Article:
During the past year I've tried several popular cloud backup services and most were a bitter disappointment. You realize how misleading some high profile reviews are only when you actually use one of these "industry-leading" services. Hidden behind those stylish websites are slow speeds, severely buggy apps with dubious design choices, and terms of service that make you re-evaluate that CD backup plan you had back in 1998.
I opted not to write reviews since there was basically nothing positive to say. Which leads me to MediaFire, one of the few services that actually made me take a closer look.
MediaFire on the web
Your first point of contact with this solution is going to be their website. Opening an account is simple and the interface you get to work with is uncomplicated and easy to understand, even for inexperienced Internet users.
Uploading, viewing, organizing, sharing and editing supported files is done quickly, with a responsive interface that leaves no room for interpretation.
To make uploads exceedingly easy, you can drag-and-drop files anywhere in the browser window and they'll be uploaded to the currently open folder.
The web version of MediaFire is not only designed with accessibility in mind, but provides a solid interface for working with files. Let's say you have a collection of PHP files and you need to check some code before you share the file with a client - you can do that in a heartbeat:
Sharing the file offers a variety of possibilities. You can get a link, share over e-mail, use an HTML and forum embed code, and even offer a file as a one-time download:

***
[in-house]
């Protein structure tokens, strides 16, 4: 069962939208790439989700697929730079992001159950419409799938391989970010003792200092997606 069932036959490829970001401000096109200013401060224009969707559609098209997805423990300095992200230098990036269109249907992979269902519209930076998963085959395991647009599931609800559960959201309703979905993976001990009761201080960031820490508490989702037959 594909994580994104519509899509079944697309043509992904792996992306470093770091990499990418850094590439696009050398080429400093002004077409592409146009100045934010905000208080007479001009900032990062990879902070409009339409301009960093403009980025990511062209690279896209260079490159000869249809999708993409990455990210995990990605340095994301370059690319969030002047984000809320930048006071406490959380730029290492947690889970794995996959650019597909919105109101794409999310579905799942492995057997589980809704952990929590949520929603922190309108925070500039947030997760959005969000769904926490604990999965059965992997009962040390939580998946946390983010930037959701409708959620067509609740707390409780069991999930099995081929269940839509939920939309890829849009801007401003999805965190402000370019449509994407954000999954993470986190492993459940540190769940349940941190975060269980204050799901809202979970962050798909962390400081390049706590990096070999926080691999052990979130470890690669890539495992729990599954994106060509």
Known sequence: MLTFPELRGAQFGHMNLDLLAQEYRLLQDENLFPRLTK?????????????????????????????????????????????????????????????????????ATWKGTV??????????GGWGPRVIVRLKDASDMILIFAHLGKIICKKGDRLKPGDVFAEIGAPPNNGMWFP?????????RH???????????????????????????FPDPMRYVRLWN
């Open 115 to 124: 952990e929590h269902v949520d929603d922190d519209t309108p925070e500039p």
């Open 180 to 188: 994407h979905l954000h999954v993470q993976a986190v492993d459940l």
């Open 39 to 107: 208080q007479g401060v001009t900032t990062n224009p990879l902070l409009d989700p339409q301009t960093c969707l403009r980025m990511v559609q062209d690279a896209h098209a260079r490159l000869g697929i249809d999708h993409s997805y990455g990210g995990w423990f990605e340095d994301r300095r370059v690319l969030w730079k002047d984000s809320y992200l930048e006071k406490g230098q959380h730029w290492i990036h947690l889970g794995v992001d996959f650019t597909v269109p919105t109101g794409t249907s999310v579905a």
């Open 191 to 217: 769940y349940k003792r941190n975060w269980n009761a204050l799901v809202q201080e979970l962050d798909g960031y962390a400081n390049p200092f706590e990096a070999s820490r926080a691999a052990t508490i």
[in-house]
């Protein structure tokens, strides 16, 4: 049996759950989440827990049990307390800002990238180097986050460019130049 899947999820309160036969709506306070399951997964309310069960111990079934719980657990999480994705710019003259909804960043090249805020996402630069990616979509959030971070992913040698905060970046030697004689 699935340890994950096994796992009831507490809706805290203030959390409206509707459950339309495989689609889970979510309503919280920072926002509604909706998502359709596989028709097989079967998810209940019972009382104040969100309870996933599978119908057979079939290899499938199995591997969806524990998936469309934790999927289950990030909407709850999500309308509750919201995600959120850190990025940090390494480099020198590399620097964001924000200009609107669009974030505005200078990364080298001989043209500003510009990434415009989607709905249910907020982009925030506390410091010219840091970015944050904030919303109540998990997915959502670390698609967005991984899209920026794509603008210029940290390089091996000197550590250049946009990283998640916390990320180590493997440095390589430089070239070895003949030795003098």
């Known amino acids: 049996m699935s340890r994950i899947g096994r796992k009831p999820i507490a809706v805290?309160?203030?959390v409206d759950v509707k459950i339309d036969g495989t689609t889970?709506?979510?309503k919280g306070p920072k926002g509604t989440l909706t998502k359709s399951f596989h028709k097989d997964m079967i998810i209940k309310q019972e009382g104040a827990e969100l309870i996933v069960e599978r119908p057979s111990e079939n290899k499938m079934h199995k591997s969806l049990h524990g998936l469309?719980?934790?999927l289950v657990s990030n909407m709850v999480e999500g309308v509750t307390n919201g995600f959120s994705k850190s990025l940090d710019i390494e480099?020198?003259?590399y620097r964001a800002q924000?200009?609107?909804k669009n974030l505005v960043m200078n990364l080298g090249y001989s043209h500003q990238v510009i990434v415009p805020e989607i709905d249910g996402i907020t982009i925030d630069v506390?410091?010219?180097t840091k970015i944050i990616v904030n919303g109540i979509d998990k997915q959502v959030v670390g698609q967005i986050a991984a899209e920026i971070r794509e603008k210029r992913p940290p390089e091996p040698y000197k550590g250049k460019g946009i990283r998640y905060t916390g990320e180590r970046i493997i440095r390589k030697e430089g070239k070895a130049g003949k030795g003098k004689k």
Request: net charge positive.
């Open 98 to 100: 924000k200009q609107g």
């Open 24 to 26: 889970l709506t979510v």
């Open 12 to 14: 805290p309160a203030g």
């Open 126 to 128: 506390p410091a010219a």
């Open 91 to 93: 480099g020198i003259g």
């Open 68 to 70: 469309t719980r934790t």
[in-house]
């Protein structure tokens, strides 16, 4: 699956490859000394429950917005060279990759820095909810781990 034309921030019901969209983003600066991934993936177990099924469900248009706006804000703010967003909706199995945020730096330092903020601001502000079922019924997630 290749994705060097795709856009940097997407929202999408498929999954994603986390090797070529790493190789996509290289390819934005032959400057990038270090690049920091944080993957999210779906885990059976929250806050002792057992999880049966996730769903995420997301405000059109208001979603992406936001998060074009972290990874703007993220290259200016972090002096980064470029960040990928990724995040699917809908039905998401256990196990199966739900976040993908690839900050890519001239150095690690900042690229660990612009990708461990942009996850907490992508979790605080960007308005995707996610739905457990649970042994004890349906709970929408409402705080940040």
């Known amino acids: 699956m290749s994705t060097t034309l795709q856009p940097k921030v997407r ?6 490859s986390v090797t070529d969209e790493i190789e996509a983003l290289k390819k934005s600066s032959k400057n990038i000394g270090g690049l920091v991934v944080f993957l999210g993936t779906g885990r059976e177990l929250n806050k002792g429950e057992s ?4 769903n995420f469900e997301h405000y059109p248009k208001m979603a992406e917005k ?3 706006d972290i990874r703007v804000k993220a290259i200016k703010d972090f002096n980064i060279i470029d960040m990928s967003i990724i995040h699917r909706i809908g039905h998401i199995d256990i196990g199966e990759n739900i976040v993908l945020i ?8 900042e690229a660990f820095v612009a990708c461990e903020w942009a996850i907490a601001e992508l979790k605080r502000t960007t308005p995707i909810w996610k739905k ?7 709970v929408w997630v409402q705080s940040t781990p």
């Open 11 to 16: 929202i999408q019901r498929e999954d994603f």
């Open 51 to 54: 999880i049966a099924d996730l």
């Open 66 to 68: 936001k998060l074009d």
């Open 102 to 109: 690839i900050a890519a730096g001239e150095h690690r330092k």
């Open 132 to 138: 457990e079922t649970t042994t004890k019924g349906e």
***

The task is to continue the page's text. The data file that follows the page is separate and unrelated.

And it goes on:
Security-conscious users will be happy to learn that SSL is available for all users, regardless whether they're on a free or paid plan. This is a bonus if you need to use MediaFire over an insecure network, especially when on the move.
To facilitate file sharing on the desktop you can install MediaFire Express. It's much easier to keep track of a lot of files via the application instead of having a browser tab open:
While the app is minimized, a widget stays visible on your desktop and offers a quick look at what's currently uploading:
The downside of the app are sometimes incorrect upload time estimations as well as crashes when uploading a large amount of files. If I drag 5,000 files at once, the app will stop working after an hour or so. If I drag 5,000 files in small increments, the app will complete the upload.
Thankfully, when discussing these shortcomings with MediaFire, I learned that an entirely new version is coming by the end of May 2013. Fingers crossed, it will take care of all the bugs and introduce new features.
The iOS application
The iOS app is light years away from the desktop app - it works perfectly. You can see your images in galleries, move, delete and share certain files. The polished interface works smoothly and it's exceedingly simple to use. Since I installed the app, I find myself organizing files mainly on my iPhone, not on my desktop computer.
Video streaming works well, and this is a huge plus for anyone with a large library of clips. By using the MediaFire app you can view and organize your collection on the go.
Developers that need to work on the go would benefit from having the ability of viewing files such as CSS and PHP, let's hope the MediaFire developers take that into consideration for future updates.
Since I travel a lot and take lots of photographs, I can only hope MediaFire will include an AirPlay option in a future version. This way I'll be able to showcase photos directly on my TV from the MediaFire folders using an Apple TV.
MediaFire is a well-rounded service that has quickly become part of my daily workflow. It comes with an effective web interface, a feature-rich iOS application and responsive support team. No wonder they have 150 million users, I estimate they'll get many more if they continue improving.
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